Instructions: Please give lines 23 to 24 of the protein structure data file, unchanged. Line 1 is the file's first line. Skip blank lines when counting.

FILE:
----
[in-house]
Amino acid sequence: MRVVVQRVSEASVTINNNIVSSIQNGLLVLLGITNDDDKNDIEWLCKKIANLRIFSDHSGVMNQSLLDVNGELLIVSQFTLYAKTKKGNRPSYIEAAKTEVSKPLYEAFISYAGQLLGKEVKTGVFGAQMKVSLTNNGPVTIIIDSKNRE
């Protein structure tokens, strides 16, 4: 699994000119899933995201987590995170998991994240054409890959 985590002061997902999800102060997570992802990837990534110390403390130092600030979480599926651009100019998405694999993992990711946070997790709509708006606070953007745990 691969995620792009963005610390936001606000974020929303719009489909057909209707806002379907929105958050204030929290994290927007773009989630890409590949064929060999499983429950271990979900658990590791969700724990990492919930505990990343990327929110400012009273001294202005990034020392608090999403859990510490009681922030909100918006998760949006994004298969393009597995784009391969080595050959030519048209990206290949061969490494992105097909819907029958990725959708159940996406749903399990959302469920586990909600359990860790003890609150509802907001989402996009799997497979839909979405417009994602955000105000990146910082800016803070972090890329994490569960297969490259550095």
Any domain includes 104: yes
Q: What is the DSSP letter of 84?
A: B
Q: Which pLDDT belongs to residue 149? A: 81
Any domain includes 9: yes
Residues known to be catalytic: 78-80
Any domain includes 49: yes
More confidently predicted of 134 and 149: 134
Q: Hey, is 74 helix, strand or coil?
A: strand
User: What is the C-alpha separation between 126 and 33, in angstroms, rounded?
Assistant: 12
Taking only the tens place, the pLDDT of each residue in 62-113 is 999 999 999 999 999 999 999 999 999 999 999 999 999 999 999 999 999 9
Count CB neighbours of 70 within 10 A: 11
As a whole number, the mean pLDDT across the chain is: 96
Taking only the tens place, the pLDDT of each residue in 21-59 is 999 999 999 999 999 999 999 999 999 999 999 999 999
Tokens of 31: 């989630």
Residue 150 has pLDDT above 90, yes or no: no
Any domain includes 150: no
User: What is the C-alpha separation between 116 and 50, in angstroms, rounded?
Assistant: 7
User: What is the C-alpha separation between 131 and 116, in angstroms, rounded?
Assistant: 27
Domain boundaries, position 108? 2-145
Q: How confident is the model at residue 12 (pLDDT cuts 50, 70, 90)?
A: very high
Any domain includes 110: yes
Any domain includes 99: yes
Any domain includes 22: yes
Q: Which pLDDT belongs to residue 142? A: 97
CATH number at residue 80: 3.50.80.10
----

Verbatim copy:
User: What is the C-alpha separation between 116 and 50, in angstroms, rounded?
Assistant: 7